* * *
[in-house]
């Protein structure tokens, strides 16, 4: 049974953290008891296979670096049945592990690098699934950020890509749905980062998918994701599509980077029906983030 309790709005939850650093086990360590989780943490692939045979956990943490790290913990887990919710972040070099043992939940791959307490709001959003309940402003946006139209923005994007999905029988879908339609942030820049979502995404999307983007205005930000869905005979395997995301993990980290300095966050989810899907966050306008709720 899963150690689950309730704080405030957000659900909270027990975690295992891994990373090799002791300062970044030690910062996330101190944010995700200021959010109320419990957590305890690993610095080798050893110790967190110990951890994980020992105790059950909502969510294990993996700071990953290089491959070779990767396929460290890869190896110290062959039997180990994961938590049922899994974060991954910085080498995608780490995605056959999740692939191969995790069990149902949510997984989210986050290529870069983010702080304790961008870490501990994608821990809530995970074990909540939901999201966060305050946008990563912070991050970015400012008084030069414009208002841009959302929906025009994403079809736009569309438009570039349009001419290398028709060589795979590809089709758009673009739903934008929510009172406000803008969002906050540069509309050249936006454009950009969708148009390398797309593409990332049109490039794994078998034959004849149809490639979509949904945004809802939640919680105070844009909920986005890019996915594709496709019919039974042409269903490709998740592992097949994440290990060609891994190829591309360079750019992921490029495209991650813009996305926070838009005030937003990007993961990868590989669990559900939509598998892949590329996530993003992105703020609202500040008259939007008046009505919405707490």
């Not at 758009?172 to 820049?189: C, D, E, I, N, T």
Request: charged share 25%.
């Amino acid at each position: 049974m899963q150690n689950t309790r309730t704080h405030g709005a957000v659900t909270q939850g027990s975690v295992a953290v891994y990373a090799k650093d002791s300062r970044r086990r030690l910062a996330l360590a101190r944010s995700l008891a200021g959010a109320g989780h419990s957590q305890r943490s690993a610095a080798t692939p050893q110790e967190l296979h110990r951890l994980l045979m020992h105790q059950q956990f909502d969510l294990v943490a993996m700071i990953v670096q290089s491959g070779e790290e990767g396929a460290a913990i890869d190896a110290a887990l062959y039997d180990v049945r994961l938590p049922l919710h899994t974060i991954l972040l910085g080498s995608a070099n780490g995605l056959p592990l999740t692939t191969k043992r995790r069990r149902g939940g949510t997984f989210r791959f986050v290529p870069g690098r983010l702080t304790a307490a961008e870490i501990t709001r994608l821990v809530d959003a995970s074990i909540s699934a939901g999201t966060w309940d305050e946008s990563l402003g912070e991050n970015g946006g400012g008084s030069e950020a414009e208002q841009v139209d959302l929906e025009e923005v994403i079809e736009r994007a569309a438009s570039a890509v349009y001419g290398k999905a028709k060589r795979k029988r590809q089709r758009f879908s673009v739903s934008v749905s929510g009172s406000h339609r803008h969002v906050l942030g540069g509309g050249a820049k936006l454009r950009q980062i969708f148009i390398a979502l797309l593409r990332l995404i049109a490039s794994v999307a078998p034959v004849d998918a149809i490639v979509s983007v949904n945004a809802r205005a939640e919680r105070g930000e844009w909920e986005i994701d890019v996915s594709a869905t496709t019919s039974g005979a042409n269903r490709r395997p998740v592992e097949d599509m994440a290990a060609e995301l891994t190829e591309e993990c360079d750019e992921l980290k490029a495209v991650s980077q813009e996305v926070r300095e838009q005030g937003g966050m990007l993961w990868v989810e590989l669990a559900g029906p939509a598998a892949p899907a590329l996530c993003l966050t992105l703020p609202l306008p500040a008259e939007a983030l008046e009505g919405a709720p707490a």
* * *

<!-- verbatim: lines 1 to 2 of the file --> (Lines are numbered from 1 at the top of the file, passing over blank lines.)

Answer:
[in-house]
């Protein structure tokens, strides 16, 4: 049974953290008891296979670096049945592990690098699934950020890509749905980062998918994701599509980077029906983030 309790709005939850650093086990360590989780943490692939045979956990943490790290913990887990919710972040070099043992939940791959307490709001959003309940402003946006139209923005994007999905029988879908339609942030820049979502995404999307983007205005930000869905005979395997995301993990980290300095966050989810899907966050306008709720 899963150690689950309730704080405030957000659900909270027990975690295992891994990373090799002791300062970044030690910062996330101190944010995700200021959010109320419990957590305890690993610095080798050893110790967190110990951890994980020992105790059950909502969510294990993996700071990953290089491959070779990767396929460290890869190896110290062959039997180990994961938590049922899994974060991954910085080498995608780490995605056959999740692939191969995790069990149902949510997984989210986050290529870069983010702080304790961008870490501990994608821990809530995970074990909540939901999201966060305050946008990563912070991050970015400012008084030069414009208002841009959302929906025009994403079809736009569309438009570039349009001419290398028709060589795979590809089709758009673009739903934008929510009172406000803008969002906050540069509309050249936006454009950009969708148009390398797309593409990332049109490039794994078998034959004849149809490639979509949904945004809802939640919680105070844009909920986005890019996915594709496709019919039974042409269903490709998740592992097949994440290990060609891994190829591309360079750019992921490029495209991650813009996305926070838009005030937003990007993961990868590989669990559900939509598998892949590329996530993003992105703020609202500040008259939007008046009505919405707490």